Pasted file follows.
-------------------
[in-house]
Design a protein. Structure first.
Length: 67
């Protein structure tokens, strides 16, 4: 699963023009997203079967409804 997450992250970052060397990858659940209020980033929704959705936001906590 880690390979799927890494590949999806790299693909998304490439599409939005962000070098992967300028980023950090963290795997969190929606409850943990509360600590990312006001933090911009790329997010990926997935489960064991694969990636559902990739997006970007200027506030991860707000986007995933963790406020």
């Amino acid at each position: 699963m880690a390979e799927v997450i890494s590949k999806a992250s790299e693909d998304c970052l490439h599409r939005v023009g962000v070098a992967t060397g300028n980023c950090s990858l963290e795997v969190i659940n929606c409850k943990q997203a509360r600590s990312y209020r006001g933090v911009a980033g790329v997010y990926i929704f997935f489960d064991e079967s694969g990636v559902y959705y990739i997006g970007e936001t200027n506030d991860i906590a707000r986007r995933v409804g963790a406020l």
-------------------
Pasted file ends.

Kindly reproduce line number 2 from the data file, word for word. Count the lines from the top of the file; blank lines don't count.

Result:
Design a protein. Structure first.